Aren't people who BORROW books also likely to be the people who BUY them?

Surely the best way of encouraging people to buy books is to encourage the reading habit in the first place?

Yes, Mr Daunt, which is why publishers are making it as difficult as possible for libraries to get a heads-up in this. Your question is rhetorical; it should have been: "How obstructive can the book trade be so the average library card holder just goes out and buy the ebook instead?"
In my experience, public library readers full into two types: time rich, money poor and money rich, independent minded. To hook in readers in the first case, libraries can loan the e-reading devices; in the second, maintain patrons by loaning niche and specialist e-titles, and original non-fiction, as they always have done.
Lending stats aside, library spaces also have a huge community value to their neighbourhood and are fiercely defended by those who use them. I predict that the bigest obstruction set in place by the book trade,i.e. to only permit e-books loans from the site of the library, will be good for libraries.

Another silly comment from Mr Daunt.

Well, I for one shall not be downloading and reading books. I do not like e-books. I have made a number of attempts but they are useless to me. I cannot mark pages with strips of paper, I cannot highlight important points, I cannot keep them permanently for reference. They may be ok for the light reader, but I cannot see them being of any use to the serious reader and the academic reader. I have discovered some treasures in secondhand bookshops and jumble sales. Plus a large number of us cannot reader them because of eyesight problems. And they take so much longer to read. I can whizz through a real book because I have learned how to read fast. No thanks : I shall stick to the printed version. And yes, I am well-aquainted with the wheel thank you very much, and I always use my computers - whether desk-top PC, lap-top or palm-top.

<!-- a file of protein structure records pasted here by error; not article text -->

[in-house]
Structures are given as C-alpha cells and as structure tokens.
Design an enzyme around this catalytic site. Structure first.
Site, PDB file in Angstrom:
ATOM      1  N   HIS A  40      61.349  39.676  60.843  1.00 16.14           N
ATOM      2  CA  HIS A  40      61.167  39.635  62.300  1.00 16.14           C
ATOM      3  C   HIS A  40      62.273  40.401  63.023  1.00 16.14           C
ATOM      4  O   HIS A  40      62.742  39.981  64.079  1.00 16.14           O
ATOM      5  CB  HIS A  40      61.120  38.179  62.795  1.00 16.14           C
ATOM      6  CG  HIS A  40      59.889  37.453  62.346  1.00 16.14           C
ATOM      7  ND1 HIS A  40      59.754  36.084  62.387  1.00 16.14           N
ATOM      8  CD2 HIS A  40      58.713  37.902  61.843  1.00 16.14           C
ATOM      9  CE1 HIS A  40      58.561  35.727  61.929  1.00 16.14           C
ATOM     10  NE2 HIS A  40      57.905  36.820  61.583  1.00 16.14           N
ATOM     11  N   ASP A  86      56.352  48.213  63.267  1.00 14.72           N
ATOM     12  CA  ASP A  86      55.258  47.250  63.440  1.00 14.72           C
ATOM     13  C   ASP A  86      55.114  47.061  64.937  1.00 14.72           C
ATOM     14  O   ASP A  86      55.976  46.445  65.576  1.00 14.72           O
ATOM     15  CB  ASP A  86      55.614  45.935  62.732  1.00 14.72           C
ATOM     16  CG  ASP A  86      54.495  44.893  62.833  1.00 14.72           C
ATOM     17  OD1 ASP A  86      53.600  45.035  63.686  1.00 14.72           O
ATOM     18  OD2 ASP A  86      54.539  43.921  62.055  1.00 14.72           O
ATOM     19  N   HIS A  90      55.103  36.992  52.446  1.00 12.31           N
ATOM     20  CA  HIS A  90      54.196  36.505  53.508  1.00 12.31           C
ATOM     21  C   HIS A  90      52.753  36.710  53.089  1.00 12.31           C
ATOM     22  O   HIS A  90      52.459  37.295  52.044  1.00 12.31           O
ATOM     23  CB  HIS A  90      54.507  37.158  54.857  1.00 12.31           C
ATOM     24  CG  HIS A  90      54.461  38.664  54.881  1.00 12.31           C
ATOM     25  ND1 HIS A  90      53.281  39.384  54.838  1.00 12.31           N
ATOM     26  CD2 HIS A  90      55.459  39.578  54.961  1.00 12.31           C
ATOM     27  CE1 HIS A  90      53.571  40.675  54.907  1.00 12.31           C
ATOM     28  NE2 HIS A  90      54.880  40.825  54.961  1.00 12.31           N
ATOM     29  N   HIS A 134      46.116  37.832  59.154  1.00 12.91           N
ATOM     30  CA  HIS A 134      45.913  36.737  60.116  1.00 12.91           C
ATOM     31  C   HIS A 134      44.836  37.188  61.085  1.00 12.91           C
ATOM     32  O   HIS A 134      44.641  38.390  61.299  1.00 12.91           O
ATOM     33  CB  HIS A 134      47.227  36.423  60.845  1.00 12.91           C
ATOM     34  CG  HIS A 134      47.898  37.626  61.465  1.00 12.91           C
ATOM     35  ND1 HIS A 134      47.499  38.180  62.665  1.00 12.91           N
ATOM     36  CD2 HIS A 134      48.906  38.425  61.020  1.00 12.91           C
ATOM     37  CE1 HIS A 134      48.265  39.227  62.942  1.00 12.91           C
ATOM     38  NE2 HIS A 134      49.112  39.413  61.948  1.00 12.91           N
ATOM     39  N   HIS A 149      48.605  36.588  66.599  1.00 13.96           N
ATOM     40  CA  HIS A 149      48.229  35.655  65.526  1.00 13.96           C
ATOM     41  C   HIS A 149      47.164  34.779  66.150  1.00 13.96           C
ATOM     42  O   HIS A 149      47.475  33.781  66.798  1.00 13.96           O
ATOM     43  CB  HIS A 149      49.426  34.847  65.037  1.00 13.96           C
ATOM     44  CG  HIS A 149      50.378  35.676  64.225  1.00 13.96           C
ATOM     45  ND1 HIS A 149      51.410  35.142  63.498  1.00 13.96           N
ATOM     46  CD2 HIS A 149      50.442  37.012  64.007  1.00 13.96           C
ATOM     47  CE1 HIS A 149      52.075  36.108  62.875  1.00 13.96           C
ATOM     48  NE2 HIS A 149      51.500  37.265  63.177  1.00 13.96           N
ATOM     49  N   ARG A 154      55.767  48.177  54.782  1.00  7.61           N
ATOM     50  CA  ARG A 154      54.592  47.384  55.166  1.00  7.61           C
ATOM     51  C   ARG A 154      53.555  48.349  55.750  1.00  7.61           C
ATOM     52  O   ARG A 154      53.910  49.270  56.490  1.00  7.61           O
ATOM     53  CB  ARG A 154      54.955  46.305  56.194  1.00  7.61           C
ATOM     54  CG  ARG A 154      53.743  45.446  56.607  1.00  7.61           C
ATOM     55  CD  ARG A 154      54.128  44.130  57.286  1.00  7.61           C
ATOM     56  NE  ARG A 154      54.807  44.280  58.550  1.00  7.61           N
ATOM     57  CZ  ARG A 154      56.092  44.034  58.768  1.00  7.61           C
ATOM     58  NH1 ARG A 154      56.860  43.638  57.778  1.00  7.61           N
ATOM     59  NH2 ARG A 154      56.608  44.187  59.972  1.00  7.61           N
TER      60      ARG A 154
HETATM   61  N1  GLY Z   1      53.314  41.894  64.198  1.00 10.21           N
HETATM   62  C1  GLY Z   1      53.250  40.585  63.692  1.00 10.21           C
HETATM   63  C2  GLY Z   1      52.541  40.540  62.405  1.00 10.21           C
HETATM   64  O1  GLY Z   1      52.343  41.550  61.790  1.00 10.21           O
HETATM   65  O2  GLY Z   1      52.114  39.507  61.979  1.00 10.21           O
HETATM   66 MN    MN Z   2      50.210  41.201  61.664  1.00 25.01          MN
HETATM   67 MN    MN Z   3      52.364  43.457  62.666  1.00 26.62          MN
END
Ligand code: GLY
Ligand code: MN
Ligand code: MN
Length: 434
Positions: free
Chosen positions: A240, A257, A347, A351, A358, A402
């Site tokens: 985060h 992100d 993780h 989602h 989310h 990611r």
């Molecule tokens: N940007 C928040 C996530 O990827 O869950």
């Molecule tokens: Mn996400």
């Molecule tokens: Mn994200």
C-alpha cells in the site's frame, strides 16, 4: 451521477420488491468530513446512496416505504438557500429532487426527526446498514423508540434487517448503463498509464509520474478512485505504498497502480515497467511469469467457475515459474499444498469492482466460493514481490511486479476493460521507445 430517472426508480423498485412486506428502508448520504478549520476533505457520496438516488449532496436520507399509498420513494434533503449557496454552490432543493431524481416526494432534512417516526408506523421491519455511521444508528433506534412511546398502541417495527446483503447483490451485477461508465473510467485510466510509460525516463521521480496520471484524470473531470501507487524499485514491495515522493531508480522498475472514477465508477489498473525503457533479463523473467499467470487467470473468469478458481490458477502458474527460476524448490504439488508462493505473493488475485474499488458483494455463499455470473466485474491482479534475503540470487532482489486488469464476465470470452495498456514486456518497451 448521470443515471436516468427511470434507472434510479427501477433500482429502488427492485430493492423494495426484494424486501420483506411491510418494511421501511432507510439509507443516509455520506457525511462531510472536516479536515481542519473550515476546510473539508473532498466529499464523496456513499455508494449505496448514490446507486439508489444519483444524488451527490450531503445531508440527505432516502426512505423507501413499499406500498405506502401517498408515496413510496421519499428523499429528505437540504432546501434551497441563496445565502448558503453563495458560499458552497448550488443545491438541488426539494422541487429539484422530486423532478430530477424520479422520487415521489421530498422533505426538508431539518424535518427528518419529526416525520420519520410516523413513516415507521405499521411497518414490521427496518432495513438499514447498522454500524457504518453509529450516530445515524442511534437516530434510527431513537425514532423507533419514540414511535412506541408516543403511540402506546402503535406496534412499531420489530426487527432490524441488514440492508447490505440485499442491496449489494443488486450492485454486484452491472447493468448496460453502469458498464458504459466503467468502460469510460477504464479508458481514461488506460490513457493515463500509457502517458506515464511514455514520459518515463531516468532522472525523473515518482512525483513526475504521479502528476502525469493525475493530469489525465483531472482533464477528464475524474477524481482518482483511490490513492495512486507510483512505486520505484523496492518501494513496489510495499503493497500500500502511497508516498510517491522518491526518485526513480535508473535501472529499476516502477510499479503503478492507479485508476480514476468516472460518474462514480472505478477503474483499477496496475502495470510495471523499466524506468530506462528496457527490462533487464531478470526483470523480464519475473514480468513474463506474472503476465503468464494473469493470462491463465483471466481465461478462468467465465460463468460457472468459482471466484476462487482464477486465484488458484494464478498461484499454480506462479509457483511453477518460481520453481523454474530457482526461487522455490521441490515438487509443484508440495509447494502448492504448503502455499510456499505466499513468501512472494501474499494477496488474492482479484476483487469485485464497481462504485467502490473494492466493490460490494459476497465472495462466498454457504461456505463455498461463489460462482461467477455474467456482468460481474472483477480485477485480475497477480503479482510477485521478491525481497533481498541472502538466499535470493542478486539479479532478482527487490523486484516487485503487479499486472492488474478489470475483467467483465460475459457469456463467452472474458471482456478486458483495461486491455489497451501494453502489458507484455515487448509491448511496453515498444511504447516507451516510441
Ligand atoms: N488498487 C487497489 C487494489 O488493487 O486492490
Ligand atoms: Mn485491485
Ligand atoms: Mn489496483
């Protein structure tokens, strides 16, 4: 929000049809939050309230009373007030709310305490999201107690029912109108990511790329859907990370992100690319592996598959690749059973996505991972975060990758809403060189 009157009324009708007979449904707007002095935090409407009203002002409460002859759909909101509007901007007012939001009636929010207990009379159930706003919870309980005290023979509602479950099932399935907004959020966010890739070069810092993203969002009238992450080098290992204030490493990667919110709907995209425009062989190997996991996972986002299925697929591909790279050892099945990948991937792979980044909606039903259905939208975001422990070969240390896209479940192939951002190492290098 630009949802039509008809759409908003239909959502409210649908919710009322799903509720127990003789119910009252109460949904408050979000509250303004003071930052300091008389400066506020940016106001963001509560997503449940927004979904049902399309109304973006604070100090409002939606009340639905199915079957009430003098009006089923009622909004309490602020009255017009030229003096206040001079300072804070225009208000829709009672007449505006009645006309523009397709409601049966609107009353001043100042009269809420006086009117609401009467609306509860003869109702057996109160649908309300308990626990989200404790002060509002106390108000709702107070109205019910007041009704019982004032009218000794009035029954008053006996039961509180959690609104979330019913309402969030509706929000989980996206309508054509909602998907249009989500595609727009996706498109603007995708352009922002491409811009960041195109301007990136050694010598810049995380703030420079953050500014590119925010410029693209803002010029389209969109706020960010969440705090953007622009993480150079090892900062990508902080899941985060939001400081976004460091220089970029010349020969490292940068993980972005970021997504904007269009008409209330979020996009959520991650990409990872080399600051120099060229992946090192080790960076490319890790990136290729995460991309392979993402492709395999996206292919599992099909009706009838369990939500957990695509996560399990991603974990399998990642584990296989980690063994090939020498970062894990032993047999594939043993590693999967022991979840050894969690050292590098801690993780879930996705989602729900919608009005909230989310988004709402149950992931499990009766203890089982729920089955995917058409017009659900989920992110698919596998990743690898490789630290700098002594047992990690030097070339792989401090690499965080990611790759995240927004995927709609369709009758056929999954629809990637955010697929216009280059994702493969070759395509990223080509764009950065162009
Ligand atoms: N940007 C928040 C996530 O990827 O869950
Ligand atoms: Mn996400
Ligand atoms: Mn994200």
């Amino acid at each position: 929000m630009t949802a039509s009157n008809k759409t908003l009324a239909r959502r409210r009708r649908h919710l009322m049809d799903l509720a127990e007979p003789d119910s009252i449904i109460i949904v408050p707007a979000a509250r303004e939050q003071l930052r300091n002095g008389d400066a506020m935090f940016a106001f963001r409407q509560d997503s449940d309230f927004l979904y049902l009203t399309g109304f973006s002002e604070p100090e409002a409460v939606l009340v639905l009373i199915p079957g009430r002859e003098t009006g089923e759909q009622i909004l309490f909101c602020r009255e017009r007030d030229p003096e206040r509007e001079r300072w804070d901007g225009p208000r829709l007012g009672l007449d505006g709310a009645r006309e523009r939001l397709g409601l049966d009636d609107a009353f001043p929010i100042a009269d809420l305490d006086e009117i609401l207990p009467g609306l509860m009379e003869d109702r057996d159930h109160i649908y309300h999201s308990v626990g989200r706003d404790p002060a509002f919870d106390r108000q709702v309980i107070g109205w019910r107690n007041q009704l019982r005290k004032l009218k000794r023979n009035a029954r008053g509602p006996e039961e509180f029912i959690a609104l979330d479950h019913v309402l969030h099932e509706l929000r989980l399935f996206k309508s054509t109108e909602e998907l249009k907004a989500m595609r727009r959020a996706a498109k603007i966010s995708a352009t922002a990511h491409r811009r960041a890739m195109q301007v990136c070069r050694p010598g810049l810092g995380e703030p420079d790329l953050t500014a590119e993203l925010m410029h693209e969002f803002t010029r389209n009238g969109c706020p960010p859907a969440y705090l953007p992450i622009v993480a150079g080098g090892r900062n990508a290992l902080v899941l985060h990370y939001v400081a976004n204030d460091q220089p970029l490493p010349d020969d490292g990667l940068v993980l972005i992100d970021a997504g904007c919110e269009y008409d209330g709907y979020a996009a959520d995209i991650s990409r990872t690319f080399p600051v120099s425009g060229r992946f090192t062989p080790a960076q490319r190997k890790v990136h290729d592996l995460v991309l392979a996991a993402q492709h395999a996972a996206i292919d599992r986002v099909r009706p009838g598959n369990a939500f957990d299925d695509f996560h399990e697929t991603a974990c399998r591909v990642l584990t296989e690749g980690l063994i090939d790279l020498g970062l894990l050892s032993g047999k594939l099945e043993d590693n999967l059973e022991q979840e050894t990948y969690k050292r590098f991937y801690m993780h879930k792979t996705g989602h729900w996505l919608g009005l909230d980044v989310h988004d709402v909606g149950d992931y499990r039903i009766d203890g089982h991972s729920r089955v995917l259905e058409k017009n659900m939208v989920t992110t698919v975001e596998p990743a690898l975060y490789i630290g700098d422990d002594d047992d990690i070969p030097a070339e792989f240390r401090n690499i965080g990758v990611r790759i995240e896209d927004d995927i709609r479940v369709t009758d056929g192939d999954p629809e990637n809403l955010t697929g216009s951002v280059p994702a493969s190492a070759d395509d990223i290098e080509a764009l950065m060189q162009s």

James is of course perfectly correct .

The difference now is that the purchase of an E book and the free loan of an E book are very similar in that neither have a physical entity to place on a shelf . Therefore why bother with ownership [at a cost] rather than a "time out" loan service for free?